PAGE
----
Zara Is Facing Heat After Unpaid Workers Allegedly Sew Messages into Clothing Tags
UPDATE: (November 6, 10:46am): Zara’s parent company, Inditex, has responded to our request for comment to issue the following statement. “Inditex has met all of its contractual obligations to Bravo Tekstil and is currently working on a proposal with the local IndustriALL affiliate, Mango and Next to establish a hardship fund for the workers affected by the fraudulent disappearance of the Bravo factory’s owner. This hardship fund would cover unpaid wages, notice indemnity, unused vacation and severance payments of workers that were employed at the time of the sudden shutdown of their factory in July 2016. We are committed to finding a swift solution for all of those impacted.”
In May of 2017, Spanish merchant Zara was ranked as the 51st most valued brand in the world by Forbes, with an estimated net value of $11.3 billion. Now, the retail giant is facing major heat for allegations of unpaid labor, with the Associated Press reporting that pleas for help from unpaid workers in Turkey were placed into the brand’s clothing tags.
According to the outlet, shoppers in Instanbul were surprised to discover the words, “I made this item you are going to buy, but I didn’t get paid for it” written on the labels of items they were perusing. The workers were employed by a manufacturing company called Bravo Tekstil, which is said to have closed suddenly, leaving laborers without a severance allowance and at least three months of unpaid backpay. An anonymous source tells us the issue has been going on for far longer, however, with problems with the factory being reported as far back as a year ago.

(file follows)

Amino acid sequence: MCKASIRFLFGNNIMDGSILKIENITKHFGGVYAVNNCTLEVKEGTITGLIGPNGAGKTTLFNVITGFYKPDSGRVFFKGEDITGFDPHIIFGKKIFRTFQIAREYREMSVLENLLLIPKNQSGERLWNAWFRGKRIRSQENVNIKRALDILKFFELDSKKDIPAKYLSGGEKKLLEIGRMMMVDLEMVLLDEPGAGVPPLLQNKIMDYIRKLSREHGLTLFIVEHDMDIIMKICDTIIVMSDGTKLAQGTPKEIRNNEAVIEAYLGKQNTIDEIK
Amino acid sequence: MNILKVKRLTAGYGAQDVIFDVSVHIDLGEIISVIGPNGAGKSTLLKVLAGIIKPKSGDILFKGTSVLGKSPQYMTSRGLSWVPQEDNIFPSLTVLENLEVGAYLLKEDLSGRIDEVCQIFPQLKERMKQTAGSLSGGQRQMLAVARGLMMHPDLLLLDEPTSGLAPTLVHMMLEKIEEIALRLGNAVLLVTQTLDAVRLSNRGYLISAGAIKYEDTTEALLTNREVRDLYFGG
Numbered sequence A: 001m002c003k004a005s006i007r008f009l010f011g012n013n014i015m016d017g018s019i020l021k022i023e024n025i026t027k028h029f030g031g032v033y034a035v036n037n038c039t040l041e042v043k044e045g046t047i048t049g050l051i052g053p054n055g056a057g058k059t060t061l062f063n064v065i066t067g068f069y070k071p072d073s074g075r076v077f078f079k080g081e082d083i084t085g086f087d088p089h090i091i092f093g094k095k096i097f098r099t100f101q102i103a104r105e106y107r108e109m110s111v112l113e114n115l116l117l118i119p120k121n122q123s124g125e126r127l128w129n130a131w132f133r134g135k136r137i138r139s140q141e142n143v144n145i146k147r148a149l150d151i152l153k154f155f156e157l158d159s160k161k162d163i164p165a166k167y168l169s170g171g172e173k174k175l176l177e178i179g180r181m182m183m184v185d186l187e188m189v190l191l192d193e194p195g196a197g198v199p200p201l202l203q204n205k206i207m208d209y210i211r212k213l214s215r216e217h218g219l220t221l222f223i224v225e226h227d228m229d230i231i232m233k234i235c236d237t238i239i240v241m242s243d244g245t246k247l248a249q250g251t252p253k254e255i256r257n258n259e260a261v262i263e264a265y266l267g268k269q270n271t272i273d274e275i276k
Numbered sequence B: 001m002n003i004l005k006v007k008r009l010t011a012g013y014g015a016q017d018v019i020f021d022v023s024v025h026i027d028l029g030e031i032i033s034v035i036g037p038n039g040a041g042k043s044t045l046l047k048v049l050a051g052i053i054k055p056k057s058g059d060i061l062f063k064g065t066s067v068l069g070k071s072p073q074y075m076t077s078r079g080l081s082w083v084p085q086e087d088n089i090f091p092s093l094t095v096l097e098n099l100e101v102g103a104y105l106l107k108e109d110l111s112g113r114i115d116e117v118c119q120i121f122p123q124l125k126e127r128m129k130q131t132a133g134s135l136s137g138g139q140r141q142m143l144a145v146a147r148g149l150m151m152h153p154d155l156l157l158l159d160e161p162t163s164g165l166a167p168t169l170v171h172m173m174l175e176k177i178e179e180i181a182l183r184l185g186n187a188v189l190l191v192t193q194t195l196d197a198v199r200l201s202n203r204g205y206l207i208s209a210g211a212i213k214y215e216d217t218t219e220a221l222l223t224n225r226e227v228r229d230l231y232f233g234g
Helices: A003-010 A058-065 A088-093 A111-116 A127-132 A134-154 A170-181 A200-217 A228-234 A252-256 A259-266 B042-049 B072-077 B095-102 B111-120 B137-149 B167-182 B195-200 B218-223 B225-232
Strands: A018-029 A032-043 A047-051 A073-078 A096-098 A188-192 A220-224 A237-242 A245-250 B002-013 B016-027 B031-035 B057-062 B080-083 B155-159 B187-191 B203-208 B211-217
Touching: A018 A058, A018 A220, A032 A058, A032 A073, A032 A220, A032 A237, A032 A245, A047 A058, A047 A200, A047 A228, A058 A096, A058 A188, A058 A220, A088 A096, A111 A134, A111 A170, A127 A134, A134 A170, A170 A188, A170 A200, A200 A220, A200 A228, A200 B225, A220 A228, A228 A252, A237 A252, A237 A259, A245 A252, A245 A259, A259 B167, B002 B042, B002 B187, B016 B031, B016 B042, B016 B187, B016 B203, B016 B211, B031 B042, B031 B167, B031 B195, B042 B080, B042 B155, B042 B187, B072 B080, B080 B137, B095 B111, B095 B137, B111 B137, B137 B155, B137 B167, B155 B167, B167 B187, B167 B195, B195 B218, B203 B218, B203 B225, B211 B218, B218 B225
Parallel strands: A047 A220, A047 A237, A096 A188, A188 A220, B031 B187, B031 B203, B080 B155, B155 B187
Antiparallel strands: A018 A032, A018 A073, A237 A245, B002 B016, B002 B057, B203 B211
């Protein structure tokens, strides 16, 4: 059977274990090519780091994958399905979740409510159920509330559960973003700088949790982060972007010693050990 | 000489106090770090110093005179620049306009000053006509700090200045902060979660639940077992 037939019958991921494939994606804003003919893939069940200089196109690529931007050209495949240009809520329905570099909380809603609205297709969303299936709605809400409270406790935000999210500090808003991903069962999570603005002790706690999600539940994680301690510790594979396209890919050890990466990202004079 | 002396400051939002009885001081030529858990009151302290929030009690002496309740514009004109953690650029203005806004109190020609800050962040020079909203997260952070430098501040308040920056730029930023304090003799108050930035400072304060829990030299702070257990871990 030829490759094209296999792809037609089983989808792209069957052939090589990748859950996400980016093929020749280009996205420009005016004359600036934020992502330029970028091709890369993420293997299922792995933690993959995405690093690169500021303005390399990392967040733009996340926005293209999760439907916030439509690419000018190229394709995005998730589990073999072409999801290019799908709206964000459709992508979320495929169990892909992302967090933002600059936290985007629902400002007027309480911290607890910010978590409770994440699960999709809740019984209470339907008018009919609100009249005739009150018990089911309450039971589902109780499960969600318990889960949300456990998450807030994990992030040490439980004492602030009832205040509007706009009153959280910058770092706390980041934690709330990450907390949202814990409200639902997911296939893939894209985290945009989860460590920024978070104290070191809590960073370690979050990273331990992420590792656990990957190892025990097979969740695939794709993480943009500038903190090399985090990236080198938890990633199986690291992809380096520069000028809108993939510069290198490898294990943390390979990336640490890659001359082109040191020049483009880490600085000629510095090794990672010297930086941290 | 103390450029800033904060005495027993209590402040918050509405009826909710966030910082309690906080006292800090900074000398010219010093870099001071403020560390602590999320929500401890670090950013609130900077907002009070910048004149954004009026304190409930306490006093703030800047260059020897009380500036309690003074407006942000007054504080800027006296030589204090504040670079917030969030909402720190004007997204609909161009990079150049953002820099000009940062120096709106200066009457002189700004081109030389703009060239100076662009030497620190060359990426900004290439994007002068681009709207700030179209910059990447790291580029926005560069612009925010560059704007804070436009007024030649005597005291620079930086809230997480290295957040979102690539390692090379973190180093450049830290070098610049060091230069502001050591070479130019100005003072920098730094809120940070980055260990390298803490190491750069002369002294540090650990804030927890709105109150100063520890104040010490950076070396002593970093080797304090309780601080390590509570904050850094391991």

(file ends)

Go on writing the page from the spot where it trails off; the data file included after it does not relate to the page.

The news was enough to have shoppers second guessing their purchases with the brand.
The disturbing allegations aren’t the first the company has faced. In both 2011 and 2013, separate factories associated with the brand were reportedly investigated (and in some cases fined), for “degrading” factory conditions in Brazil and Argentina on claims that workers (some of whom were underage) were forced to work up to 16 hours a day. What’s more, a 2017 Ethical Fashion Report by Baptist World Aid Australia asserts that only one to 25 percent of traced facilities of Inditex (Zara’s parent company) “paid a livable wage.”
Our source says despite the fact that the company has paid all its legal and monetary obligations to Bravo Teksstill, they are trying to make things right, with plans for a hardship fund for workers affected by the factory upheaval in progress.
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(Photos via Sean Gallup/Getty)